AUSTIN, Texas — (RealEstateRama) — The Center for Biological Diversity and Save Our Springs Alliance today filed a notice of intent to sue the Texas Department of Transportation and U.S. Fish and Wildlife Service over an Austin highway construction project’s threats to the federally endangered Austin blind and Barton Springs salamanders.
The conservation groups recently learned that the MoPac Intersections Project has exposed at least 21 underground caves, sink holes and other karst features that provide habitat for the endangered salamanders. There is a high risk that construction will pollute the two species’ habitat by introducing silt and pollutants to the subsurface. The project is being built across the environmentally sensitive Barton Springs Edwards Aquifer Recharge Zone in southwest Austin.
“Ripping open these caves to build the Intersections Project has created a huge pollution threat to Austin’s endangered salamanders,” said Jenny Loda, a Center biologist and attorney dedicated to protecting rare amphibians and reptiles. “We’re outraged that TxDOT is failing to use agreed-upon conservation measures that could reduce water pollution risk and harm to these highly imperiled creatures.”
The new information about the high numbers of karst features discovered and TxDOT’s failure to fulfill its required conservation measures triggers a legal requirement to “reinitiate consultation.” That would involve taking another look at the risks to the salamanders and developing further measures to minimize that risk.
By failing to reinitiate consultation and continuing work on the Intersections Project, TxDOT is failing to ensure the project would not jeopardize the survival of these endangered species, in violation of the Endangered Species Act.
“The failure by Texas officials to reopen consultation discussions with federal wildlife experts on this project reflects their pattern of incomplete and woefully deficient evaluations of the environmental effects of highway projects in the Barton Springs Recharge Zone,” said Kelly Davis, an attorney with Save Our Springs Alliance. “Unchecked sprawl and transportation projects have already pushed these salamanders toward extinction. It’s crucial to ensure that new highway projects are not accelerating the threats that are quickly wiping them out.”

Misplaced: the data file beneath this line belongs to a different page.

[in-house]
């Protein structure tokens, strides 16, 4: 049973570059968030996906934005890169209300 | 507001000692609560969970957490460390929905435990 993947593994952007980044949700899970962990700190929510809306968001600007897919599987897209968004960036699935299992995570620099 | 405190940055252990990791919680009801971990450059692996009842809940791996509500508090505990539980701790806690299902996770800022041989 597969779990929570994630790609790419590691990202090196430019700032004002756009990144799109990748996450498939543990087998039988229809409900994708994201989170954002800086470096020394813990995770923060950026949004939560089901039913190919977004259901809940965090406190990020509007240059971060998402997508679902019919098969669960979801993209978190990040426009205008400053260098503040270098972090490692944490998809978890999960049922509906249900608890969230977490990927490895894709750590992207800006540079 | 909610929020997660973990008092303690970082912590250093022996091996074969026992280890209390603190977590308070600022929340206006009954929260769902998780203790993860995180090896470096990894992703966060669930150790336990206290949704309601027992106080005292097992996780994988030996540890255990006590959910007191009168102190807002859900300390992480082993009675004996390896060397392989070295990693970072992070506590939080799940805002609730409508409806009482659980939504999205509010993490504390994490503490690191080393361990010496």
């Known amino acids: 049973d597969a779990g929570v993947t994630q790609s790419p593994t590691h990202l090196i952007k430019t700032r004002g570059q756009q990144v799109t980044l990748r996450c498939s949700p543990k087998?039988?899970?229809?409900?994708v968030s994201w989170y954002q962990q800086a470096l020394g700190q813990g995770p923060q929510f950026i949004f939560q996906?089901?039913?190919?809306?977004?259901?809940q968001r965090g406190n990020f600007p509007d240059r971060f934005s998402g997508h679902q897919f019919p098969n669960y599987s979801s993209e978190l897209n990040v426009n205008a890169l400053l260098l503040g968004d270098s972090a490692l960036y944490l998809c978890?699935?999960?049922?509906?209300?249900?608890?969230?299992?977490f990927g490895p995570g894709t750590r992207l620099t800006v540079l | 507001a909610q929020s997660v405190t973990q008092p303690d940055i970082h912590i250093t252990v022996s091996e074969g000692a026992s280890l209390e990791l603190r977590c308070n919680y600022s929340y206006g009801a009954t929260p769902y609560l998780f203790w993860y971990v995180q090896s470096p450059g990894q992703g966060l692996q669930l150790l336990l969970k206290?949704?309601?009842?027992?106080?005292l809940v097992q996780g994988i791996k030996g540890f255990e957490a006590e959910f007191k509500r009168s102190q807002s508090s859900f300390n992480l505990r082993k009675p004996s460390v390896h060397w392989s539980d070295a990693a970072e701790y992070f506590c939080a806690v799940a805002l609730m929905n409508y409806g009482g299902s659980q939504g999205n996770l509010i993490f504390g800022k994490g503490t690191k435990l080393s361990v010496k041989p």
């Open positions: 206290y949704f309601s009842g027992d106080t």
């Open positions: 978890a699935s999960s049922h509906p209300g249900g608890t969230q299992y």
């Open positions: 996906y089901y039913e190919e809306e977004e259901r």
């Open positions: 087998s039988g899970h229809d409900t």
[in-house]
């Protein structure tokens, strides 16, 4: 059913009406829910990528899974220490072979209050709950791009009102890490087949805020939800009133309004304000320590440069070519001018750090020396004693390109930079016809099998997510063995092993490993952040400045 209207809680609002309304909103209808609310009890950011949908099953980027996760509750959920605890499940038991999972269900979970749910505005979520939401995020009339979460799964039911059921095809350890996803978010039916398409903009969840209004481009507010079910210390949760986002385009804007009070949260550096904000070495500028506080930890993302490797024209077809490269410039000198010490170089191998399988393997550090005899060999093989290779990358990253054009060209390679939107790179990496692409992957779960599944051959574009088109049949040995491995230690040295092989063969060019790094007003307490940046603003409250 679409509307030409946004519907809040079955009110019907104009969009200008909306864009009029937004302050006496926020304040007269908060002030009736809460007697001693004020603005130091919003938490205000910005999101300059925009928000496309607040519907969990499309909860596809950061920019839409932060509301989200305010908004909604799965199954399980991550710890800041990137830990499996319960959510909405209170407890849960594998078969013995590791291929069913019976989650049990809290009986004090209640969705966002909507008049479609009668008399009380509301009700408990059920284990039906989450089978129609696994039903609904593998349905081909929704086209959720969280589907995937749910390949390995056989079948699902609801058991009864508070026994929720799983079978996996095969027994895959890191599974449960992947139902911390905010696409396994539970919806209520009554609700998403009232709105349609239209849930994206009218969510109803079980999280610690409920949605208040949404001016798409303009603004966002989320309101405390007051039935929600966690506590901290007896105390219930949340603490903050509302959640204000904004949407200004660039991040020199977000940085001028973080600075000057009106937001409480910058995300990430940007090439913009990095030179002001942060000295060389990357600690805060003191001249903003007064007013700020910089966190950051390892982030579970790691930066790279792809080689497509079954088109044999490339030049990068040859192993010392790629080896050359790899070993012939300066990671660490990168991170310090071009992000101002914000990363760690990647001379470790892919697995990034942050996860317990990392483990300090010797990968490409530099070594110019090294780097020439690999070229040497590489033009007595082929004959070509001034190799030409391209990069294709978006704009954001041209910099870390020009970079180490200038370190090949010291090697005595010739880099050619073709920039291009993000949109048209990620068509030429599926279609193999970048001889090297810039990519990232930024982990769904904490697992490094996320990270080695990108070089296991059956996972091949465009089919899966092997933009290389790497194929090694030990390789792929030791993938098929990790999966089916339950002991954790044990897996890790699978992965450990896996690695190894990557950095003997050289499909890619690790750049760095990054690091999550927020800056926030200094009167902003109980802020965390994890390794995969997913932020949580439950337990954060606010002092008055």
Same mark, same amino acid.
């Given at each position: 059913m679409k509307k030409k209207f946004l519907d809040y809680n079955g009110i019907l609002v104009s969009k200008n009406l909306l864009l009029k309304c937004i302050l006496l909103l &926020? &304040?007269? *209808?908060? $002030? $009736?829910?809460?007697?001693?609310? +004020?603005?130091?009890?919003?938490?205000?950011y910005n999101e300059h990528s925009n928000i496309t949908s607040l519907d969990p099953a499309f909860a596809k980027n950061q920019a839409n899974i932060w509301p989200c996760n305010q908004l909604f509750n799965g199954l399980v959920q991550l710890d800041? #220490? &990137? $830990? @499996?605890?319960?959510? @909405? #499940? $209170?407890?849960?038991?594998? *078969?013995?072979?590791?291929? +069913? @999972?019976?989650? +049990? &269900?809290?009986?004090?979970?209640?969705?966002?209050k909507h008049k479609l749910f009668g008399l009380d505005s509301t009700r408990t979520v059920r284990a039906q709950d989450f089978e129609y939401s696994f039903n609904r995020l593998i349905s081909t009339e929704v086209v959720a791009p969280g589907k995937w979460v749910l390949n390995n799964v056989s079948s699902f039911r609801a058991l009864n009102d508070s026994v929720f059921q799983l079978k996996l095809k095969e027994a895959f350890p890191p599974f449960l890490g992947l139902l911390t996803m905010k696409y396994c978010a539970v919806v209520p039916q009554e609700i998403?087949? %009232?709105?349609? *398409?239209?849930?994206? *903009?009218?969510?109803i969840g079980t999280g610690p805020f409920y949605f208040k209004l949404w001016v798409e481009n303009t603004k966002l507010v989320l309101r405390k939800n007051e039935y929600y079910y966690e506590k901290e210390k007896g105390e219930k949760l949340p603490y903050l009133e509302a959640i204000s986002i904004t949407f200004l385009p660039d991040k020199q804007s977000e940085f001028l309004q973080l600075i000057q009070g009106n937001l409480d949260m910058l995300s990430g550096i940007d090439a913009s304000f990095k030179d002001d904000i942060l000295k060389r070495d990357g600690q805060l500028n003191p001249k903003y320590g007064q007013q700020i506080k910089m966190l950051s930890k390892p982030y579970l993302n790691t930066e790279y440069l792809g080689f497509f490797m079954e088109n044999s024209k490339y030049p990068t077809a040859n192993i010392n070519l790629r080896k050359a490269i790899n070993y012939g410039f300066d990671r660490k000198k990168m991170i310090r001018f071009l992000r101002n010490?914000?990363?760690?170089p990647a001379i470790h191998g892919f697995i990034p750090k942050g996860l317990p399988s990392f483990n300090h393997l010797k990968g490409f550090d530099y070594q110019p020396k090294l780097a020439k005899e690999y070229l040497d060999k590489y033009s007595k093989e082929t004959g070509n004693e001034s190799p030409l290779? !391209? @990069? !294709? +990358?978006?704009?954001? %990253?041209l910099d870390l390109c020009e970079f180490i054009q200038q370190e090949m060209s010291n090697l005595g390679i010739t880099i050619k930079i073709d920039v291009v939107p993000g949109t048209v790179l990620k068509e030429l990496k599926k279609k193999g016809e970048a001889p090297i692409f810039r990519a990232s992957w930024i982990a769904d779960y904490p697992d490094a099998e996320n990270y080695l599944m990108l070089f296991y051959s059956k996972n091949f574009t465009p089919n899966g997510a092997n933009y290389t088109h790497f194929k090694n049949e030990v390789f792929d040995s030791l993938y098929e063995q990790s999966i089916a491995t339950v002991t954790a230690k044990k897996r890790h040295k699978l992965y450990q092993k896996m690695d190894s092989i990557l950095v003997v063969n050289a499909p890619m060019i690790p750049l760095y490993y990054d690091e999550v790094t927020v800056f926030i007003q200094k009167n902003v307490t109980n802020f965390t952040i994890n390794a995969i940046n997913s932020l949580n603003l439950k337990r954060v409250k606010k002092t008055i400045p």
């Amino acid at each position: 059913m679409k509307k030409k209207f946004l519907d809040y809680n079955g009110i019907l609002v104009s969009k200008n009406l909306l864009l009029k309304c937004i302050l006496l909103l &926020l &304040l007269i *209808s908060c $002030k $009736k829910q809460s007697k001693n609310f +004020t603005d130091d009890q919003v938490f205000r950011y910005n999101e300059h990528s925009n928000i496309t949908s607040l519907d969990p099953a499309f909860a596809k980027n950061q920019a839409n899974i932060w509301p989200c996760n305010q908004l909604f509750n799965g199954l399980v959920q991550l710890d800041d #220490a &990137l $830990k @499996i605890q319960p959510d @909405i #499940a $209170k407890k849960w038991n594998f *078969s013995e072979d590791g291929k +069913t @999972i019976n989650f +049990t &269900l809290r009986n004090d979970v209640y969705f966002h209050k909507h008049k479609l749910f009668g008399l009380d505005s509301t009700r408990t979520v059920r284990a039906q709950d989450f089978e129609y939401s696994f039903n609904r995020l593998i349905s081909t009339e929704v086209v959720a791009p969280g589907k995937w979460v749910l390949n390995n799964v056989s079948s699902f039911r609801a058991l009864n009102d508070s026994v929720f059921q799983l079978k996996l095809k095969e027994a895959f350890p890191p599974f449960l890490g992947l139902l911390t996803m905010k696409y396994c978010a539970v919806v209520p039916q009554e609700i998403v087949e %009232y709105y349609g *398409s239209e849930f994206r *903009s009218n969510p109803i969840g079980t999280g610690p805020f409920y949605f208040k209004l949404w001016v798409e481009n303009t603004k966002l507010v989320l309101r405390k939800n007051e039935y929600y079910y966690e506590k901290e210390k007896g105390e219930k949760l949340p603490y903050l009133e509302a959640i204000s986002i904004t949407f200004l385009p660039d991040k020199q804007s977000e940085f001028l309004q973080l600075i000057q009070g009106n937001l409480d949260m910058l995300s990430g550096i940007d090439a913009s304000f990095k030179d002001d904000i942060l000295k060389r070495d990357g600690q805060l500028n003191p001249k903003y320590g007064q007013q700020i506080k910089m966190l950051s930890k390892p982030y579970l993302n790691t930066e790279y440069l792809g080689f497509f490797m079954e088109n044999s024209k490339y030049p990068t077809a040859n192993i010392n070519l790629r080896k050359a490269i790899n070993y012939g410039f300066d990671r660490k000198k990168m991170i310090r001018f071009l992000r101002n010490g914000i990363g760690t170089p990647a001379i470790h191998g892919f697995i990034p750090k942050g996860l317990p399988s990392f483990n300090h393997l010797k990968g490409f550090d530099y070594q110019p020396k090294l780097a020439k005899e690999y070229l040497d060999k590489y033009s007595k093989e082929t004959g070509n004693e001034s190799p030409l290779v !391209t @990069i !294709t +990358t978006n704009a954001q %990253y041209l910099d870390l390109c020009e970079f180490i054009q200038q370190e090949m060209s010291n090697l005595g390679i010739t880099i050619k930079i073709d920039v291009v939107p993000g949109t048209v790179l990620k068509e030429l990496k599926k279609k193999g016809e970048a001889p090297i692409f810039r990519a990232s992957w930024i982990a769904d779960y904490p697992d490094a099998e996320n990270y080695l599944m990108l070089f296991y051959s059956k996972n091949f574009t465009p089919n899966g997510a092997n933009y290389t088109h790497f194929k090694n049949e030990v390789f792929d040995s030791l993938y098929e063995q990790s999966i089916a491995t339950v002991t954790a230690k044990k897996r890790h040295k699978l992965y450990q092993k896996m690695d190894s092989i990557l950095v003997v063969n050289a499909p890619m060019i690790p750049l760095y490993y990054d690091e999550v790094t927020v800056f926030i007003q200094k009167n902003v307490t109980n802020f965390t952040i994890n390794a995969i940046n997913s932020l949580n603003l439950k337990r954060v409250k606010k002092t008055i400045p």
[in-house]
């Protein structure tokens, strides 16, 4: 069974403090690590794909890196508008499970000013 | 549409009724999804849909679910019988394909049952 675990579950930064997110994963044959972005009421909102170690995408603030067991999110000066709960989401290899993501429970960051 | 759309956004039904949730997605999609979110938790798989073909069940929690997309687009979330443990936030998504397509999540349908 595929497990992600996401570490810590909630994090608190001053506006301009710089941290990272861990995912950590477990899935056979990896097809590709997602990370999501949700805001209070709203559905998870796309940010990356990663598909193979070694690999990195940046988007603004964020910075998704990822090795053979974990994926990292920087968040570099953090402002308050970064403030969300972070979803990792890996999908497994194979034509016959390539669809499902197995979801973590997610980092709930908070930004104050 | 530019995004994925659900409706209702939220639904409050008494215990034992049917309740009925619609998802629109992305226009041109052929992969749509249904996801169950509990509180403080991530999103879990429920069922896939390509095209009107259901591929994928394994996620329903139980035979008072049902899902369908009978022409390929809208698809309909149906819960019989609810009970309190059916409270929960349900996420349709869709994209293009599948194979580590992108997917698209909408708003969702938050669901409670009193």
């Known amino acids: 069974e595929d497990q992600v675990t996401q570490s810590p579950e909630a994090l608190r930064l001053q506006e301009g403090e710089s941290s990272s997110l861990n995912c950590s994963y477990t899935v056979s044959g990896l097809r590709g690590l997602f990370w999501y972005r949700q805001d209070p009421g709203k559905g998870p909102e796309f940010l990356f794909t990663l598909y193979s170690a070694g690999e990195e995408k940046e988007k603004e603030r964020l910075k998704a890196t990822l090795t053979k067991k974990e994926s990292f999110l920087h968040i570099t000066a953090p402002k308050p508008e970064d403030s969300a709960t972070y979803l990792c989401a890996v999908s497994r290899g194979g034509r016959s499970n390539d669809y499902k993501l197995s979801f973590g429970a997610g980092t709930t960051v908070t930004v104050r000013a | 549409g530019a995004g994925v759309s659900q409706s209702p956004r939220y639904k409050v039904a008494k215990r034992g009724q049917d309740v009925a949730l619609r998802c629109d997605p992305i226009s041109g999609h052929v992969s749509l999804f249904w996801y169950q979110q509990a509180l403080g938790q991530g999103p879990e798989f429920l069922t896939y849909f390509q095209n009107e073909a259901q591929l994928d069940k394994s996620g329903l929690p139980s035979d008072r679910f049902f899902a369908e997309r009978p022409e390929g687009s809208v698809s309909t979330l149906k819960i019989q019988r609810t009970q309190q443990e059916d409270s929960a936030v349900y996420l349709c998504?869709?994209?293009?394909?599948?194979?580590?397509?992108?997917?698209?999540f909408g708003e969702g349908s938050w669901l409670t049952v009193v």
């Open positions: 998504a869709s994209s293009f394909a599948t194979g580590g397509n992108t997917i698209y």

Central Texas’ Edwards Aquifer region provides habitat for more than 50 species of animals and plants, many of which live nowhere else in the world. Since the Edwards Aquifer also provides much of San Antonio’s water supply and numerous people in fast-growing communities in Hays and southern Travis Counties rely on the aquifer for their drinking water, the cleanliness of the aquifer is a critical issue for people as well as wildlife.
The Center for Biological Diversity is a national, nonprofit conservation organization with more than 1.4 million members and online activists dedicated to the protection of endangered species and wild places.
Save Our Springs Alliance is an environmental nonprofit organization based in Austin, Texas dedicated to protecting the Edwards Aquifer, its springs and streams, and the natural and cultural heritage of the Texas Hill Country.
Jenny Loda, Center for Biological Diversity, (510) 844-7100 x 336,
Kelly Davis, Save Our Springs Alliance, (512) 300-4598,